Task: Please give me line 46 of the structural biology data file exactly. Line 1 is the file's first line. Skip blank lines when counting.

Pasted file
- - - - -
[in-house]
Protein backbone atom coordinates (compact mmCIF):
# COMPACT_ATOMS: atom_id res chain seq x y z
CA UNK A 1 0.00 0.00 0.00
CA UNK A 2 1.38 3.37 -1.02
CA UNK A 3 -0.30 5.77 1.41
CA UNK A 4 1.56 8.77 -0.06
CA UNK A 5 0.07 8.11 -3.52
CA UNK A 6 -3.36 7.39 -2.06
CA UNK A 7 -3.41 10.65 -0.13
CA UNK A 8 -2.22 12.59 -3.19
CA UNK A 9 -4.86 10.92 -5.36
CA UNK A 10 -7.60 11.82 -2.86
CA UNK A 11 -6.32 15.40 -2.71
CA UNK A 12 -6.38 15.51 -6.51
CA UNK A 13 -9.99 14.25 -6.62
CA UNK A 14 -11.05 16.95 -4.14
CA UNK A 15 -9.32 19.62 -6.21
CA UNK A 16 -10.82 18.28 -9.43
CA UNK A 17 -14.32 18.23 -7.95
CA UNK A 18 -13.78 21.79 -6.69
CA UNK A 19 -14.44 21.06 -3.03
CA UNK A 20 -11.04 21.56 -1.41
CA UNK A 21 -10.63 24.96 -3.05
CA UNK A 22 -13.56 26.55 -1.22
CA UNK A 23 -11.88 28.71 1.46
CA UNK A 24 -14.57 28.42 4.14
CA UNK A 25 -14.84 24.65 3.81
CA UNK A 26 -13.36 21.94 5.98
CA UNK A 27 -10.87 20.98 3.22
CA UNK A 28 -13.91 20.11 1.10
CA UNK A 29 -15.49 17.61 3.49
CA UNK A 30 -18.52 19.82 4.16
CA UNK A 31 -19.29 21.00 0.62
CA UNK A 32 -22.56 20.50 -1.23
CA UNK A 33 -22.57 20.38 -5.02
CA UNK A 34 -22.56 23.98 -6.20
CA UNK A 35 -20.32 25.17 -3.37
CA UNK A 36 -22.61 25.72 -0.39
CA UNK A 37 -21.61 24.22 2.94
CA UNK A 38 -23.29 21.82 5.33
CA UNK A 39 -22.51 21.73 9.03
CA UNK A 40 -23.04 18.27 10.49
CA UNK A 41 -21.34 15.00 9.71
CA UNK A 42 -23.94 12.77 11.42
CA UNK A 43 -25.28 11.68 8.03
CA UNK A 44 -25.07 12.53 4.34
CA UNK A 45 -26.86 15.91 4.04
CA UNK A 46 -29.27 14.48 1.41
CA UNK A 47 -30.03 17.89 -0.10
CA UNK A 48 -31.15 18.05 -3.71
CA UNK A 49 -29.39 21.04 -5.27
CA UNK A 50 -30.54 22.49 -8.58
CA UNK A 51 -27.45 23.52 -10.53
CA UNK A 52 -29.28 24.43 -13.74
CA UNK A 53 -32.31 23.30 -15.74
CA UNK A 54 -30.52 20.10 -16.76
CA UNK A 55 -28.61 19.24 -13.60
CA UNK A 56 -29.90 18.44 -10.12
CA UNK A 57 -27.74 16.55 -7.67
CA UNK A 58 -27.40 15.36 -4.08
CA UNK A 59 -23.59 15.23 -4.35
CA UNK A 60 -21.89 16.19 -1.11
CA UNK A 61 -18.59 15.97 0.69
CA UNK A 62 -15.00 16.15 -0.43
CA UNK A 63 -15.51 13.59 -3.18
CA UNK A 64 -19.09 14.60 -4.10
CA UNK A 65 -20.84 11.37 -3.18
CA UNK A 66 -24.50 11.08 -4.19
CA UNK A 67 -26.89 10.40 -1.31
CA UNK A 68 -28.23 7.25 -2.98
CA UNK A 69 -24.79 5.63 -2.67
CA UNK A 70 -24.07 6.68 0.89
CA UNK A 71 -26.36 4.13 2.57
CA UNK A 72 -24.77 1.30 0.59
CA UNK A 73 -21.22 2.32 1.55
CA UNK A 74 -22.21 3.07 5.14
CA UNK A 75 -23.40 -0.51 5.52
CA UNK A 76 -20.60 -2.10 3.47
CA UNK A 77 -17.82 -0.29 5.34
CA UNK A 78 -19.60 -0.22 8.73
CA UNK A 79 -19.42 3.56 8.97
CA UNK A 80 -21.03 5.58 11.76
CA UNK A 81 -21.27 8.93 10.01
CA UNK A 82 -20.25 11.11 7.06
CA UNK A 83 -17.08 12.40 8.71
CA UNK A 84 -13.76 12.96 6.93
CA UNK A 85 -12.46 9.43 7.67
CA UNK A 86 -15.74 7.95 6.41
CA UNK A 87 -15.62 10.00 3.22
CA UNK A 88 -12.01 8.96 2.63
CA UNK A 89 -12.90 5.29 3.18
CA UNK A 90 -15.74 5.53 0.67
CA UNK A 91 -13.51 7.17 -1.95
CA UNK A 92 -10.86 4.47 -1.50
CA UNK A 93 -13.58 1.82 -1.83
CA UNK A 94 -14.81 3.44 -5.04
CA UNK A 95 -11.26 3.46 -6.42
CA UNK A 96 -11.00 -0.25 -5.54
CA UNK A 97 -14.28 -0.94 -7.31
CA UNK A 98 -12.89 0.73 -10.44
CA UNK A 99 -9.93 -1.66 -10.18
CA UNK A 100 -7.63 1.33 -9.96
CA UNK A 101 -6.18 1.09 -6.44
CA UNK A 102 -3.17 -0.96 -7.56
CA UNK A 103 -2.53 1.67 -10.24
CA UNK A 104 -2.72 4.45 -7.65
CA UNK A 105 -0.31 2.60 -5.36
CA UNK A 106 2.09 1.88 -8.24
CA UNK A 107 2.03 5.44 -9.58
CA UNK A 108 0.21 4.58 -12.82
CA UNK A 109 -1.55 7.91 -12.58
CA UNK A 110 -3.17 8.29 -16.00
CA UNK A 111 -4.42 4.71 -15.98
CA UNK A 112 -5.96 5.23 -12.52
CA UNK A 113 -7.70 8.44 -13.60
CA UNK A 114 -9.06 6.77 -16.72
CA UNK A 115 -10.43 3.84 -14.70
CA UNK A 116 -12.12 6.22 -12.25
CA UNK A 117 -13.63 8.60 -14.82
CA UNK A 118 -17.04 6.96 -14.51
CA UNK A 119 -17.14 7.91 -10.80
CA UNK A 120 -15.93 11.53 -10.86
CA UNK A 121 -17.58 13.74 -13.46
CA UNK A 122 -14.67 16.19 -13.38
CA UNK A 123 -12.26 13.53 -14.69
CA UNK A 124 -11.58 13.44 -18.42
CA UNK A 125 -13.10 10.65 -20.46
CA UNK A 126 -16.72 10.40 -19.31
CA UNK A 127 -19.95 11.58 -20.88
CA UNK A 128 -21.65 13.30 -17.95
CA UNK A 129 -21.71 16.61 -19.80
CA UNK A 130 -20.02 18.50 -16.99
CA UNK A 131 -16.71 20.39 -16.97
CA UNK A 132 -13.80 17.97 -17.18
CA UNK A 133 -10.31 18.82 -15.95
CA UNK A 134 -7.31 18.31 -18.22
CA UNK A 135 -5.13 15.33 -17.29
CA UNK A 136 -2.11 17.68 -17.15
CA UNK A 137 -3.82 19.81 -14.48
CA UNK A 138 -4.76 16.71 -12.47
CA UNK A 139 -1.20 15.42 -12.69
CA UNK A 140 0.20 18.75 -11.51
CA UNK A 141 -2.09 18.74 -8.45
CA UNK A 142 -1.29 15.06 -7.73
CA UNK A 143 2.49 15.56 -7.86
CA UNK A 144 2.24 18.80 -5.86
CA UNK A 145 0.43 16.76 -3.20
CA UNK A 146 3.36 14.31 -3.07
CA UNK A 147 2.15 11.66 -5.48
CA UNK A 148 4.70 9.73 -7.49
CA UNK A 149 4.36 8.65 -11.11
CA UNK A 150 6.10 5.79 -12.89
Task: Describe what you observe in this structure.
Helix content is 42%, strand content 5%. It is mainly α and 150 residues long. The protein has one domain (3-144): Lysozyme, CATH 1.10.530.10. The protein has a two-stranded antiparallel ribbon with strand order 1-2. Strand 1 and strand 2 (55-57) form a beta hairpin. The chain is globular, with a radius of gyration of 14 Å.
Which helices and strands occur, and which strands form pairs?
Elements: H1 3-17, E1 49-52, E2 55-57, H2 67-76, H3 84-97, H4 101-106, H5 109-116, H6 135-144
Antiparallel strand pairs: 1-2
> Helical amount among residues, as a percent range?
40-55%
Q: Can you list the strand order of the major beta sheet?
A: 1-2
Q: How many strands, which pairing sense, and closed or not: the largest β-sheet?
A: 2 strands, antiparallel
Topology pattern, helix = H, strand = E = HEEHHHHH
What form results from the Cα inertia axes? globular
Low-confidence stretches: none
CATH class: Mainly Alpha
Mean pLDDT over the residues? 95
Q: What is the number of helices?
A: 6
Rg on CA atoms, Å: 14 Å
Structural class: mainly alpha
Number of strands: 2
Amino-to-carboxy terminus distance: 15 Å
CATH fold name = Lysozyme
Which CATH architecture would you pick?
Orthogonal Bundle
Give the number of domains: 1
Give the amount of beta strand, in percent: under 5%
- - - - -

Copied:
CA UNK A 43 -25.28 11.68 8.03